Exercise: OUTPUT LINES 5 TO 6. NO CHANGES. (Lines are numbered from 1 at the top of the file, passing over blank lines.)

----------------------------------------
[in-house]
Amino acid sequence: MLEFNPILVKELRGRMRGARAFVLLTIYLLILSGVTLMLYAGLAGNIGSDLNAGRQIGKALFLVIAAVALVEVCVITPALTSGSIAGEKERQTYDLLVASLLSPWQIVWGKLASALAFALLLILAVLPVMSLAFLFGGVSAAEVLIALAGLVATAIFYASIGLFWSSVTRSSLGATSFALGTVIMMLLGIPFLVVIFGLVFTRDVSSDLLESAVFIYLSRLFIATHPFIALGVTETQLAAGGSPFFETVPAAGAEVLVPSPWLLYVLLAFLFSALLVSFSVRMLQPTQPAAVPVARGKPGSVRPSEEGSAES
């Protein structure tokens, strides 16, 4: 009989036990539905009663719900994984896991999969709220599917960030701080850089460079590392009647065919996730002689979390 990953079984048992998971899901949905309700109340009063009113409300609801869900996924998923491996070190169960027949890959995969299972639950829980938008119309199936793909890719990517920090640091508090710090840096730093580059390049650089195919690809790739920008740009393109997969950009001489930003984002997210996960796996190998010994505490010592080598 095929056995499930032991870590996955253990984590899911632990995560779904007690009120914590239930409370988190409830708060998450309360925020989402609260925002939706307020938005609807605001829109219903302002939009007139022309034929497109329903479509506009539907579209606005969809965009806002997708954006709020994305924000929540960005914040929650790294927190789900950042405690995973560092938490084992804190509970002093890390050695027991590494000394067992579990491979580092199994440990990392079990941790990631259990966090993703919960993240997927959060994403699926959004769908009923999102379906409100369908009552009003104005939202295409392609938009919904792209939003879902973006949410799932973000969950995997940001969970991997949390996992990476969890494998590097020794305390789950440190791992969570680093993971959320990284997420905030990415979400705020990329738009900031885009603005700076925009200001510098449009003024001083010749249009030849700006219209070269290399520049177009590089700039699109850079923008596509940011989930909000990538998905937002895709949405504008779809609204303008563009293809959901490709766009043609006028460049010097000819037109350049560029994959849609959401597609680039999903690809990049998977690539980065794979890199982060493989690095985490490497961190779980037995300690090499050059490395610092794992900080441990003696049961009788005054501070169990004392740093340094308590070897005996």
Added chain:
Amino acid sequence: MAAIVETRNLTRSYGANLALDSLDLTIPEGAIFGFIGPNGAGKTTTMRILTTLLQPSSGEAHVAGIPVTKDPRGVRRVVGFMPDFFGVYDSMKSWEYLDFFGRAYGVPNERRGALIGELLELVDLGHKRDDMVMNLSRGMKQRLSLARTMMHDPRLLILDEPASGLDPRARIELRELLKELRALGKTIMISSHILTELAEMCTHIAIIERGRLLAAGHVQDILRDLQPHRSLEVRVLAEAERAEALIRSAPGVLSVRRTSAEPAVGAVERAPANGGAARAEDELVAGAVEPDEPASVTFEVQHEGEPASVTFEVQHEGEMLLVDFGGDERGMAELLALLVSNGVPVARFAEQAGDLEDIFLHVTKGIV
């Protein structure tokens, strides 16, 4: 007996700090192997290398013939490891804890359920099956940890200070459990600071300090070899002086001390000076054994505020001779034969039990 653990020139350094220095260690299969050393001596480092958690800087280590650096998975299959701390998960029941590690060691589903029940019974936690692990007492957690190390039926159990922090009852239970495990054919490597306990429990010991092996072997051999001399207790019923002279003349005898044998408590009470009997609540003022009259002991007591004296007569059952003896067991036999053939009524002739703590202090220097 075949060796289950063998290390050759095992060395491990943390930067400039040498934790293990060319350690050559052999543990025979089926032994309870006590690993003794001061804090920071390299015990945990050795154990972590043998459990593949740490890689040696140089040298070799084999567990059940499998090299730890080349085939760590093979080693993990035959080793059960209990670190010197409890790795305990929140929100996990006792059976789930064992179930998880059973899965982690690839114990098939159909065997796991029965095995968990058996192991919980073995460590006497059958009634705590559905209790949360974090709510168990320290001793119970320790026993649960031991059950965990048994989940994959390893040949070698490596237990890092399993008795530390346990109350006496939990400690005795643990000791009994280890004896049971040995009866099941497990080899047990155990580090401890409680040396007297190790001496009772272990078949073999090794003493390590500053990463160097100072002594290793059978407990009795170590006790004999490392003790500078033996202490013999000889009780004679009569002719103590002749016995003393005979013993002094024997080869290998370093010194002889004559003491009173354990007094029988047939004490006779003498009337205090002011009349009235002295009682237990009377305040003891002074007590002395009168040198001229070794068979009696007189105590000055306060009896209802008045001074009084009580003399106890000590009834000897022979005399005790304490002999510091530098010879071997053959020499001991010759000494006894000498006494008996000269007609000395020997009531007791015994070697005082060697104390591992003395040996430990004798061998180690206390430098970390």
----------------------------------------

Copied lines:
Amino acid sequence: MAAIVETRNLTRSYGANLALDSLDLTIPEGAIFGFIGPNGAGKTTTMRILTTLLQPSSGEAHVAGIPVTKDPRGVRRVVGFMPDFFGVYDSMKSWEYLDFFGRAYGVPNERRGALIGELLELVDLGHKRDDMVMNLSRGMKQRLSLARTMMHDPRLLILDEPASGLDPRARIELRELLKELRALGKTIMISSHILTELAEMCTHIAIIERGRLLAAGHVQDILRDLQPHRSLEVRVLAEAERAEALIRSAPGVLSVRRTSAEPAVGAVERAPANGGAARAEDELVAGAVEPDEPASVTFEVQHEGEPASVTFEVQHEGEMLLVDFGGDERGMAELLALLVSNGVPVARFAEQAGDLEDIFLHVTKGIV
């Protein structure tokens, strides 16, 4: 007996700090192997290398013939490891804890359920099956940890200070459990600071300090070899002086001390000076054994505020001779034969039990 653990020139350094220095260690299969050393001596480092958690800087280590650096998975299959701390998960029941590690060691589903029940019974936690692990007492957690190390039926159990922090009852239970495990054919490597306990429990010991092996072997051999001399207790019923002279003349005898044998408590009470009997609540003022009259002991007591004296007569059952003896067991036999053939009524002739703590202090220097 075949060796289950063998290390050759095992060395491990943390930067400039040498934790293990060319350690050559052999543990025979089926032994309870006590690993003794001061804090920071390299015990945990050795154990972590043998459990593949740490890689040696140089040298070799084999567990059940499998090299730890080349085939760590093979080693993990035959080793059960209990670190010197409890790795305990929140929100996990006792059976789930064992179930998880059973899965982690690839114990098939159909065997796991029965095995968990058996192991919980073995460590006497059958009634705590559905209790949360974090709510168990320290001793119970320790026993649960031991059950965990048994989940994959390893040949070698490596237990890092399993008795530390346990109350006496939990400690005795643990000791009994280890004896049971040995009866099941497990080899047990155990580090401890409680040396007297190790001496009772272990078949073999090794003493390590500053990463160097100072002594290793059978407990009795170590006790004999490392003790500078033996202490013999000889009780004679009569002719103590002749016995003393005979013993002094024997080869290998370093010194002889004559003491009173354990007094029988047939004490006779003498009337205090002011009349009235002295009682237990009377305040003891002074007590002395009168040198001229070794068979009696007189105590000055306060009896209802008045001074009084009580003399106890000590009834000897022979005399005790304490002999510091530098010879071997053959020499001991010759000494006894000498006494008996000269007609000395020997009531007791015994070697005082060697104390591992003395040996430990004798061998180690206390430098970390």